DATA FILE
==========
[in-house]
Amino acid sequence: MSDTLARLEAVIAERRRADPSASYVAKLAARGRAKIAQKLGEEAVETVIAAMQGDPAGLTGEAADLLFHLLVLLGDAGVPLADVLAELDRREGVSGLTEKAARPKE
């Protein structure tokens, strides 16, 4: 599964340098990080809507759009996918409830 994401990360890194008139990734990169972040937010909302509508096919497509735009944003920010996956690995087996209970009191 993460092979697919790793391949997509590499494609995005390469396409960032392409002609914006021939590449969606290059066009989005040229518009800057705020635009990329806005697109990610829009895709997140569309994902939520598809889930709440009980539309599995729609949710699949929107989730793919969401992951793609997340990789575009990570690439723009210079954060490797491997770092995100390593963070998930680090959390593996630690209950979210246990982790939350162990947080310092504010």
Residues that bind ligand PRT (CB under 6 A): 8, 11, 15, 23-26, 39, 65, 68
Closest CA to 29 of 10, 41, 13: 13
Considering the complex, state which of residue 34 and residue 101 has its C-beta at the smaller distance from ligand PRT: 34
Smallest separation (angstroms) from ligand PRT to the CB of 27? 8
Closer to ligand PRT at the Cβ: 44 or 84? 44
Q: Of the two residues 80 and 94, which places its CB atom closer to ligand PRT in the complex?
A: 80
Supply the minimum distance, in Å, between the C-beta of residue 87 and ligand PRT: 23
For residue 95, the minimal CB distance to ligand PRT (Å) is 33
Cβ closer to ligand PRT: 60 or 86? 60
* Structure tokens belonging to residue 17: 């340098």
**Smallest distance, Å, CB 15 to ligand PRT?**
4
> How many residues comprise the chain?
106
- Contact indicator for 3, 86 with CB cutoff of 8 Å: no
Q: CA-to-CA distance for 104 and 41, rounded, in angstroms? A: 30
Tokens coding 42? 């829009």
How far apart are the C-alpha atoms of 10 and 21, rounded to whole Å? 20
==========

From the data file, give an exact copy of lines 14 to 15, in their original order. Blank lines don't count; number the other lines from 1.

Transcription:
* Structure tokens belonging to residue 17: 């340098």
**Smallest distance, Å, CB 15 to ligand PRT?**